Sen. Orrin Hatch (R., Utah) spoke out on Thursday for the need of a new justice for the Supreme Court to succeed Justice Anthony Kennedy.
Hatch, who will retire after this term, praised Kennedy, who announced his retirement on Wednesday after serving for 30 years.
Hatch said that the Senate must not act in a spirit of politics when examining any nominee put forward by President Donald Trump, but must focus on the nominee's qualifications.
"With Justice Kennedy's impending retirement, the responsibility now falls on us to confirm an able replacement," Hatch said. "In the coming weeks, the President will announce his nominee to fill Justice Kennedy's seat."
"In doing so, he will seek the advice and consent of the Senate, a process that entails confirmation hearings and extended hours of debate to fully vet the qualifications of the President's nominee," Hatch said. "The questions we should ask during this confirmation hearing should focus solely on the judge's qualifications."
When asked if he had any favorite potential nominees, Hatch refused to answer and wanted to focus on whoever Trump does nominate.
Hatch told Fox News' Dana Perino that he is aware of objections raised by Senate Minority Leader Sen. Chuck Schumer (D., N.Y.) and said that Schumer wants the next justice to be politically aligned with Democrats.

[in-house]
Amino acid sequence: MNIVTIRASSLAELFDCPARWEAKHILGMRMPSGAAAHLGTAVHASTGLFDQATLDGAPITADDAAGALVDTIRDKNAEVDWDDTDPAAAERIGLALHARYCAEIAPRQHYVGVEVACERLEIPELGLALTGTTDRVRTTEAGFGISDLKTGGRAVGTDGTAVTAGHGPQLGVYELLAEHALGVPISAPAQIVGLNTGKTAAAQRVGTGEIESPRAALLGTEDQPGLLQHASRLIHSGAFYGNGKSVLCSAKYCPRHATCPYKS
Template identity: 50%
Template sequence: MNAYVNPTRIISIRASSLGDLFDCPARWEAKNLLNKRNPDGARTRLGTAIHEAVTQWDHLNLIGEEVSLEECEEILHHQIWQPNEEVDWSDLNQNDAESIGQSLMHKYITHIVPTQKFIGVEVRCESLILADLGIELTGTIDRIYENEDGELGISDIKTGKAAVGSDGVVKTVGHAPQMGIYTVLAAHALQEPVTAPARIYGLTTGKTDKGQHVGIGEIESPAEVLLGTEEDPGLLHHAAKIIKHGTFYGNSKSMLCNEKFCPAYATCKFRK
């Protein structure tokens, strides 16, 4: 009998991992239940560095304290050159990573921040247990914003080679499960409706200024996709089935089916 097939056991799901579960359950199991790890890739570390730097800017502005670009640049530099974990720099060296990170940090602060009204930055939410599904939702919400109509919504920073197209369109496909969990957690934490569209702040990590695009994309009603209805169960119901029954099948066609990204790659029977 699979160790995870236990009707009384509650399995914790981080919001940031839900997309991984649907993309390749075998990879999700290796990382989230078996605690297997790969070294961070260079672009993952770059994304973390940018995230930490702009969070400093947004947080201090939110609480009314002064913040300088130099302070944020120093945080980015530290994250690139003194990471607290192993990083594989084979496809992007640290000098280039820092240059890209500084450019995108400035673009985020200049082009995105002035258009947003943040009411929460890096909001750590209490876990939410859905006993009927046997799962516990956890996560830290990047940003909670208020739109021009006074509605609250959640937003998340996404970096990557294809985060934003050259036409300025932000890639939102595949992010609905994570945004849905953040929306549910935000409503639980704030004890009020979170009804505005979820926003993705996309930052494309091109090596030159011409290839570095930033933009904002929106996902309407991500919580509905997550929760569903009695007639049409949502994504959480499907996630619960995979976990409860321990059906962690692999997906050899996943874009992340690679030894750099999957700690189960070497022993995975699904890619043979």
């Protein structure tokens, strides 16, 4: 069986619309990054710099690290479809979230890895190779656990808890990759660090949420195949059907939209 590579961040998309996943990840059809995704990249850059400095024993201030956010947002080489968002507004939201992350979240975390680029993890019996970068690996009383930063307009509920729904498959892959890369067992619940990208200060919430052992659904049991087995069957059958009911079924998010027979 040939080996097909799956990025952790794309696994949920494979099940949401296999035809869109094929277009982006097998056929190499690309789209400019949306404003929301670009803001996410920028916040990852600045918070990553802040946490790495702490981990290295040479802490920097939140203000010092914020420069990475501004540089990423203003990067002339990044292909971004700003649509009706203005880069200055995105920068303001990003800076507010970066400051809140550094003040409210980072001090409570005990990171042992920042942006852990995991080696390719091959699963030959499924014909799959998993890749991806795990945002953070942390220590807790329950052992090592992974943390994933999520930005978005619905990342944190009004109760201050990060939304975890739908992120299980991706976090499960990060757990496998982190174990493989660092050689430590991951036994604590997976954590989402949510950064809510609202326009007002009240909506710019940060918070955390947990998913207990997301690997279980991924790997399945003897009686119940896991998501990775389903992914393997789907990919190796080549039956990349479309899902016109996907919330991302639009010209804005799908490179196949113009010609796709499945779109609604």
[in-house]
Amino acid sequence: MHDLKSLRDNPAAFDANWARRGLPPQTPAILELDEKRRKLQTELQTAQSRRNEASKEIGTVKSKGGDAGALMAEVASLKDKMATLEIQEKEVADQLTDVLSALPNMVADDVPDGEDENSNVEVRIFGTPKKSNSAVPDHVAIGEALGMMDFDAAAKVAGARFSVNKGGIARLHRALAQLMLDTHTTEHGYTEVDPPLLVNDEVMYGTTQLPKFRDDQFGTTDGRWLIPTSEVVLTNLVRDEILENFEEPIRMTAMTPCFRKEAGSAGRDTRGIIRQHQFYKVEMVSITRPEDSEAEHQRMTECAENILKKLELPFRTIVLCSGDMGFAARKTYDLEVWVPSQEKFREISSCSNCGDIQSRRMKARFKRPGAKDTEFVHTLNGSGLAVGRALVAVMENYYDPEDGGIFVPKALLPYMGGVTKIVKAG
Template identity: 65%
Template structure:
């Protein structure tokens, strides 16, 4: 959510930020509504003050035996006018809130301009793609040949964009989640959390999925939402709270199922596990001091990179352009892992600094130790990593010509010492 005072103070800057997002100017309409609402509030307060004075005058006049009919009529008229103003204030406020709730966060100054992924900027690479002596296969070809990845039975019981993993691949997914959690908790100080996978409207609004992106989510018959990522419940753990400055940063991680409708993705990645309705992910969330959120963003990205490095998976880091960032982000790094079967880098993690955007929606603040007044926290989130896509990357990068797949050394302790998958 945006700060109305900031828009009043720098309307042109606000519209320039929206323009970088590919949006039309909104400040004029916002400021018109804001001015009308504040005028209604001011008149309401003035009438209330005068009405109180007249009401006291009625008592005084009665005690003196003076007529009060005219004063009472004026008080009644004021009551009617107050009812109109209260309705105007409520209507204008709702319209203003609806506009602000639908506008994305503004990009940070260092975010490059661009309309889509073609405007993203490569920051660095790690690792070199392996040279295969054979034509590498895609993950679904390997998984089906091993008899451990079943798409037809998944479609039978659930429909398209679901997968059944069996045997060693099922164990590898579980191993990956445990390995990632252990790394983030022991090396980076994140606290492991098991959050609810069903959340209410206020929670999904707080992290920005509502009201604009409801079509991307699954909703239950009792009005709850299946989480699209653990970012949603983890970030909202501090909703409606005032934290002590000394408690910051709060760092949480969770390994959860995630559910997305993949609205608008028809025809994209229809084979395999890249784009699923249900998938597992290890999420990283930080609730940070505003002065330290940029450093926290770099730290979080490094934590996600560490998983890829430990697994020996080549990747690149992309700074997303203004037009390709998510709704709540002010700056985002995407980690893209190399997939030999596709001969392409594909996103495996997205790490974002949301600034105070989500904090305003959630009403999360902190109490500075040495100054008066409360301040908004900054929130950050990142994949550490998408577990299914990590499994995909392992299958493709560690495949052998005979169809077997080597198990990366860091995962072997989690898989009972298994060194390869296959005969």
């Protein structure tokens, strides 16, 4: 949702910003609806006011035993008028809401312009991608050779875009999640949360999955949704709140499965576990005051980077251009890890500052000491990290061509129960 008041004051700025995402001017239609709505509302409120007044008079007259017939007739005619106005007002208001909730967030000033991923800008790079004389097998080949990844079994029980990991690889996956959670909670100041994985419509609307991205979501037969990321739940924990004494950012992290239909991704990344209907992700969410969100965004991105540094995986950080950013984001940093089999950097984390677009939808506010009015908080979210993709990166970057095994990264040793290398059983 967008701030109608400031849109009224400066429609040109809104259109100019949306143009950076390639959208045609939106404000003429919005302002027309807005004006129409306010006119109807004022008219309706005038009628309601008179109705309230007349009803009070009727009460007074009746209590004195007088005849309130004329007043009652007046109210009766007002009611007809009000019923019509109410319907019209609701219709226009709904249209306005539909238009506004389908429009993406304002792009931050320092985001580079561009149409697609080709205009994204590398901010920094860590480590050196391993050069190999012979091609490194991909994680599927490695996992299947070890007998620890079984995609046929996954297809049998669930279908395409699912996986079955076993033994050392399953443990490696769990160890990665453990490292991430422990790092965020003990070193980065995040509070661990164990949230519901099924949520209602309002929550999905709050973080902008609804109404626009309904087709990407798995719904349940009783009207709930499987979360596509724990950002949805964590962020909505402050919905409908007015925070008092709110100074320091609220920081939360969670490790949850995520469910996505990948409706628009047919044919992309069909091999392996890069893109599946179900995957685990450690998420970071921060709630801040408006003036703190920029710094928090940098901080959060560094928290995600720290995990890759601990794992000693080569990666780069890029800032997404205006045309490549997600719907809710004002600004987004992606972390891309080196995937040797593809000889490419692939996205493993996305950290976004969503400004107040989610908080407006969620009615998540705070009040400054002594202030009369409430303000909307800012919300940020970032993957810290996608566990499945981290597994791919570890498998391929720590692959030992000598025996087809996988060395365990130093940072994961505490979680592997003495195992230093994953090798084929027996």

"I understand Senator Schumer. They feel very deeply about politicizing the Courts. They want them politicized, as long as they meet their political concerns and I don't think we should politicize them at all," Hatch said.
Kennedy's retirement, effective July 31, gives President Donald Trump the opportunity to make two appointments in two years to the nation's highest court. The vacancy sets up a bitter confirmation fight right before the midterm elections, where Republicans only have a single vote majority in the Senate. Despite the slim majority, Senate Republicans only need a 51-vote majority to confirm the Supreme Court nominee after Senate Majority Leader Mitch McConnell (R., Ky.) changed the rules to allow it in the case of Supreme Court justice confirmations. McConnell's move followed the precedent set by former Senate Majority Leader Harry Reid (D., Nev.) when he eliminated the filibuster for judicial nominees and presidential appointments back in 2013.